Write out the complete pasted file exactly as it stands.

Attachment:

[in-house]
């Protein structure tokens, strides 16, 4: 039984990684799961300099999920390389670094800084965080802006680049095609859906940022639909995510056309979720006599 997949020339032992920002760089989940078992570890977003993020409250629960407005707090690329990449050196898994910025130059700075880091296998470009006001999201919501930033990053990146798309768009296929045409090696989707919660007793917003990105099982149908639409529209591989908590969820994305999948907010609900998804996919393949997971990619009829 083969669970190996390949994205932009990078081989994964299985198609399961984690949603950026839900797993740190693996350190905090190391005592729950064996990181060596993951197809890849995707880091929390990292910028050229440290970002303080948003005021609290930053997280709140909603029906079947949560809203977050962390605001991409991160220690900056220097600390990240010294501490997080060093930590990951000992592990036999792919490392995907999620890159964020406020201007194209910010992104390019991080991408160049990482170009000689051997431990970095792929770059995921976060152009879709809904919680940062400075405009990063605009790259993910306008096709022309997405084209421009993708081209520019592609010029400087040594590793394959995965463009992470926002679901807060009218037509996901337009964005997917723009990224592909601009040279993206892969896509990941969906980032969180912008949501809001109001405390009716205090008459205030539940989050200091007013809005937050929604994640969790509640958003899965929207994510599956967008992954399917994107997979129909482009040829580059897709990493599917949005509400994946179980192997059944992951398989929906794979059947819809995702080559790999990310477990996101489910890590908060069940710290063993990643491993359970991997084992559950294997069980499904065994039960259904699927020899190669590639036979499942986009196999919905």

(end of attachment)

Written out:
[in-house]
């Protein structure tokens, strides 16, 4: 039984990684799961300099999920390389670094800084965080802006680049095609859906940022639909995510056309979720006599 997949020339032992920002760089989940078992570890977003993020409250629960407005707090690329990449050196898994910025130059700075880091296998470009006001999201919501930033990053990146798309768009296929045409090696989707919660007793917003990105099982149908639409529209591989908590969820994305999948907010609900998804996919393949997971990619009829 083969669970190996390949994205932009990078081989994964299985198609399961984690949603950026839900797993740190693996350190905090190391005592729950064996990181060596993951197809890849995707880091929390990292910028050229440290970002303080948003005021609290930053997280709140909603029906079947949560809203977050962390605001991409991160220690900056220097600390990240010294501490997080060093930590990951000992592990036999792919490392995907999620890159964020406020201007194209910010992104390019991080991408160049990482170009000689051997431990970095792929770059995921976060152009879709809904919680940062400075405009990063605009790259993910306008096709022309997405084209421009993708081209520019592609010029400087040594590793394959995965463009992470926002679901807060009218037509996901337009964005997917723009990224592909601009040279993206892969896509990941969906980032969180912008949501809001109001405390009716205090008459205030539940989050200091007013809005937050929604994640969790509640958003899965929207994510599956967008992954399917994107997979129909482009040829580059897709990493599917949005509400994946179980192997059944992951398989929906794979059947819809995702080559790999990310477990996101489910890590908060069940710290063993990643491993359970991997084992559950294997069980499904065994039960259904699927020899190669590639036979499942986009196999919905």